Which band or artist presented you to rock?

Guitar Tricks Forum > Famous Bands and Artists > Which band or artist presented you to rock?

manXcat

♪It's getting better all the time♫

Joined: 02/17/18

Posts: 982

Unquestionably The Beatles, 1963. A mid boomer with three older brothers whose teenage years spread across the 50's though 1960, before then I was certainly aware of "music", but my age invoking awareness in 1963 coincided with the ascendance and domination on the radio of The Beatles and their sound.

Later, Free, another very young English band with a heavier sound were the absolute standouts for me.

♪A little better all the time♫

#111

Unquestionably The Beatles, 1963. A mid boomer with three older brothers whose teenage years spread across the 50's though 1960, before then I was certainly aware of "music", but my age invoking awareness in 1963 coincided with the ascendance and domination on the radio of The Beatles and their sound.

Later, Free, another very young English band with a heavier sound were the absolute standouts for me.

♪A little better all the time♫

bainbridgemusic

Registered User

Joined: 03/16/20

Posts: 10

If I think back to it one band stands out; Pink Floyd.


My dad gave me the darkside of the moon CD which I fell in love with, then the pulse DVD which blew me even further away. My friends liked Korn who had released Another Brick In The Wall Part 2, so it was good to be able to relate.


My dad bought me a delay pedal because the guitar shop owner told him it was want Pink Floyd used. This was my first real piece of equipment. Epic band, Roger Waters was the first concert I ever went to.

#112

If I think back to it one band stands out; Pink Floyd.


My dad gave me the darkside of the moon CD which I fell in love with, then the pulse DVD which blew me even further away. My friends liked Korn who had released Another Brick In The Wall Part 2, so it was good to be able to relate.


My dad bought me a delay pedal because the guitar shop owner told him it was want Pink Floyd used. This was my first real piece of equipment. Epic band, Roger Waters was the first concert I ever went to.

Jackets

Maggot

Joined: 12/29/19

Posts: 2

Definately Adam Jones, I distinctly remember watching him play the intro to 'Jambi' and saying "I wanna do that".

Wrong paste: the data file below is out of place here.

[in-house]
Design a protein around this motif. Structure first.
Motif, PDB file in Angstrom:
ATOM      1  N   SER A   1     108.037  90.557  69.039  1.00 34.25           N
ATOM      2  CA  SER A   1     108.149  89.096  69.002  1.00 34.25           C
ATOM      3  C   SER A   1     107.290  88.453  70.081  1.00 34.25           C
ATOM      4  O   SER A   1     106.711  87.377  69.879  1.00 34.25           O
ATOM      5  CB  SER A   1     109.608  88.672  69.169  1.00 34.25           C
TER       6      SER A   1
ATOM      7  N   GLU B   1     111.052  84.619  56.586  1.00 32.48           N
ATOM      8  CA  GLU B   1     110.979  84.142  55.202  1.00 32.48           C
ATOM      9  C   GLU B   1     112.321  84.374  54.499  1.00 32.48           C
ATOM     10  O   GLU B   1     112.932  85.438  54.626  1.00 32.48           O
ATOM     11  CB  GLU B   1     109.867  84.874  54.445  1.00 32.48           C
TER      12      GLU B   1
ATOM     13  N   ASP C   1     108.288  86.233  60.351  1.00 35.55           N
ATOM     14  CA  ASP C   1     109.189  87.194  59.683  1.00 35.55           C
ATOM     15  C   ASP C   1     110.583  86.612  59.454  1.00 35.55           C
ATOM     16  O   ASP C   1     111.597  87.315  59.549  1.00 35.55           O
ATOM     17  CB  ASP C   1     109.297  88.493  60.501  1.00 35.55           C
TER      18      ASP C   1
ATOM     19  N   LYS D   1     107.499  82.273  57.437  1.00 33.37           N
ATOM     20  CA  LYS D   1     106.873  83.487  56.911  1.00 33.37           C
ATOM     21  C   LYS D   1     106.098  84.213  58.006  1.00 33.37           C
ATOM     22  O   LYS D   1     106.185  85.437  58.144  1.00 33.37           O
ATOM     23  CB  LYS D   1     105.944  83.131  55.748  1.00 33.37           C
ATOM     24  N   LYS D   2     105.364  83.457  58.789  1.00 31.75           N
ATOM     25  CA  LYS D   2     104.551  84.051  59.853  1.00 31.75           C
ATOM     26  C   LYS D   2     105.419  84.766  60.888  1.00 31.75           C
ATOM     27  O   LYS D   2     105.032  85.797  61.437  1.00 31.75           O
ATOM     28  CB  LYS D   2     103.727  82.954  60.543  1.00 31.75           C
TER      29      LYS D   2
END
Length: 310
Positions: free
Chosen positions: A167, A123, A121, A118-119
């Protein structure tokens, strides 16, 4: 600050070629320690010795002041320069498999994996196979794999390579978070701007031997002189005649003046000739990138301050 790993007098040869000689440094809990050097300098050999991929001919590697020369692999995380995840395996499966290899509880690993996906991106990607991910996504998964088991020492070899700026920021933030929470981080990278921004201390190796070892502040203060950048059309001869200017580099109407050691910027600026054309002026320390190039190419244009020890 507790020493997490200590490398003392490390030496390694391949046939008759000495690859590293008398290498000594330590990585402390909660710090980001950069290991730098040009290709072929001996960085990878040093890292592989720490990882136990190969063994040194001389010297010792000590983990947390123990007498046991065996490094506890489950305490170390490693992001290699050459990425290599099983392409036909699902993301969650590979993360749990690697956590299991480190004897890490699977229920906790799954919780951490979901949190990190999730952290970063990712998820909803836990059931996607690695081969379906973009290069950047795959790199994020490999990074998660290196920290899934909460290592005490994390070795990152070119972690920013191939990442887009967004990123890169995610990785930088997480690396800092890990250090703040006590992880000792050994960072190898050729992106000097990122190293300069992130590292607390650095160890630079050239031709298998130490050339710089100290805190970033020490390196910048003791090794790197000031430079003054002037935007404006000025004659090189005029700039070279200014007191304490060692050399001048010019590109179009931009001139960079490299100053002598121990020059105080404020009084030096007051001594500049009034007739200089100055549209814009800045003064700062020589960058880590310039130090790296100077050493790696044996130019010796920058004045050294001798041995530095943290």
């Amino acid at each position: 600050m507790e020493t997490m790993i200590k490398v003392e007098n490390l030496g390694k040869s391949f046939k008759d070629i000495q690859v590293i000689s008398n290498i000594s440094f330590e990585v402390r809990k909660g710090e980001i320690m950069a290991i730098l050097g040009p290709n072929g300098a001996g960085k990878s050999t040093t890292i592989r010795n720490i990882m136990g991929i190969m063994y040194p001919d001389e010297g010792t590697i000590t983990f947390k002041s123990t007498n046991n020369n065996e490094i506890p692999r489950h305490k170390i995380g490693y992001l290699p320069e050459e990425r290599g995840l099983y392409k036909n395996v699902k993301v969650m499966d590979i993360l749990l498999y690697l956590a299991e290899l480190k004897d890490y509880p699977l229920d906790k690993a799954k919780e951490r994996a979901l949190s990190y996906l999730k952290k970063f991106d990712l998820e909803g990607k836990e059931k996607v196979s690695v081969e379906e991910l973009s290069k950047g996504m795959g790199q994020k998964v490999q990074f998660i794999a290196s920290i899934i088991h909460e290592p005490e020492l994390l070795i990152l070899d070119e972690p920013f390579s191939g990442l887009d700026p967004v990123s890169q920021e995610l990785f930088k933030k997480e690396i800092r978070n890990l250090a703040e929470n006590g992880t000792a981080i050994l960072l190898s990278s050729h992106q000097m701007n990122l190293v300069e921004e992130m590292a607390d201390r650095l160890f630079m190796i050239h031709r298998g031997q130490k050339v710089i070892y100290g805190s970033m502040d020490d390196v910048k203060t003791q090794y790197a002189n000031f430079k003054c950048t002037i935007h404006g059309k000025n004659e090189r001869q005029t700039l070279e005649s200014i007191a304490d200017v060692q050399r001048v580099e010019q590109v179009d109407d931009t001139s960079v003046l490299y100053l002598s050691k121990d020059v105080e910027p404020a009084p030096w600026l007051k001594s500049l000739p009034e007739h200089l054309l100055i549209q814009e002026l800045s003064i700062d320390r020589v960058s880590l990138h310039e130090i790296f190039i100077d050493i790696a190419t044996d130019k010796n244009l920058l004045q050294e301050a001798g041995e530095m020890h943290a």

#113

Definately Adam Jones, I distinctly remember watching him play the intro to 'Jambi' and saying "I wanna do that".

jim.pardun

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Joined: 04/02/20

Posts: 1

Guns N Roses; Slash

Appetite for Destruction

#114

Guns N Roses; Slash

Appetite for Destruction

ToneChaserUK

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Joined: 04/09/20

Posts: 5

Peter Green's Fleetwood Mac Mr Wonderful album then someone gave me a copy of Stevie Ray Vaughan Texas Flood...It was all over after that...Still chasing that tone.

#115

Peter Green's Fleetwood Mac Mr Wonderful album then someone gave me a copy of Stevie Ray Vaughan Texas Flood...It was all over after that...Still chasing that tone.

DavesGuitarJourney

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Joined: 02/22/20

Posts: 148

Originally Posted by: ToneChaserUK

Peter Green's Fleetwood Mac Mr Wonderful album then someone gave me a copy of Stevie Ray Vaughan Texas Flood...It was all over after that...Still chasing that tone.

Texas Flood really blew me away, too. Still does. It inspired me to learn more about the earlier players that influenced SRV. That ultimately led me to a much better understanding of and appreciation for different styles of music as I learned how different types of music have evolved from common roots.

#116

Originally Posted by: ToneChaserUK

Peter Green's Fleetwood Mac Mr Wonderful album then someone gave me a copy of Stevie Ray Vaughan Texas Flood...It was all over after that...Still chasing that tone.

Texas Flood really blew me away, too. Still does. It inspired me to learn more about the earlier players that influenced SRV. That ultimately led me to a much better understanding of and appreciation for different styles of music as I learned how different types of music have evolved from common roots.

DavesGuitarJourney

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Joined: 02/22/20

Posts: 148

This is a hard one, rock has been my favorite genre for as long as I can remember. I guess I would name two or three early memories that made me take notice.

When my sister and I were maybe 8 (her) and 6 (me) years old my parents gave us a record player and my aunt gave us a stack of old 45s when she moved away. This was in about 1971. I very clearly remember The Rolling Stones, Honky Tonk Women. That cowbell, drum, guitar riff at the beginning had me hooked instantly. I didn't really understand the words much, but it had such a cool groove and rhythm. It was not quite like the songs we sang in preschool! I couldn't remember what was on the B side so I looked it up just now. Some obscure song called You Can't Always Get What You Want. I love 45s.

I don't remember nearly all of what was in that stack, but I can name a few:

Cher - Gypsies, Tramps and Thieves; Needles and Pins

Roy Orbison - Oh, Pretty Woman; It's Over

Kenny Rogers - Ruby, Don't Take Your Love to Town

Brenda Lee - Jambalaya

The first live song I remember was a band playing on the back of a flatbed truck on the parking lot of a shopping center. I think there was one of those traveling carnivals with rickety rides and the band saw a chance to play for an audience. I have no idea if they were any good at all but I remember one song they did that has never completely left my head. It was a song about a country boy that never learned to read or write so well. Yeah, Johnny B. Goode. Go, Johnny, go go!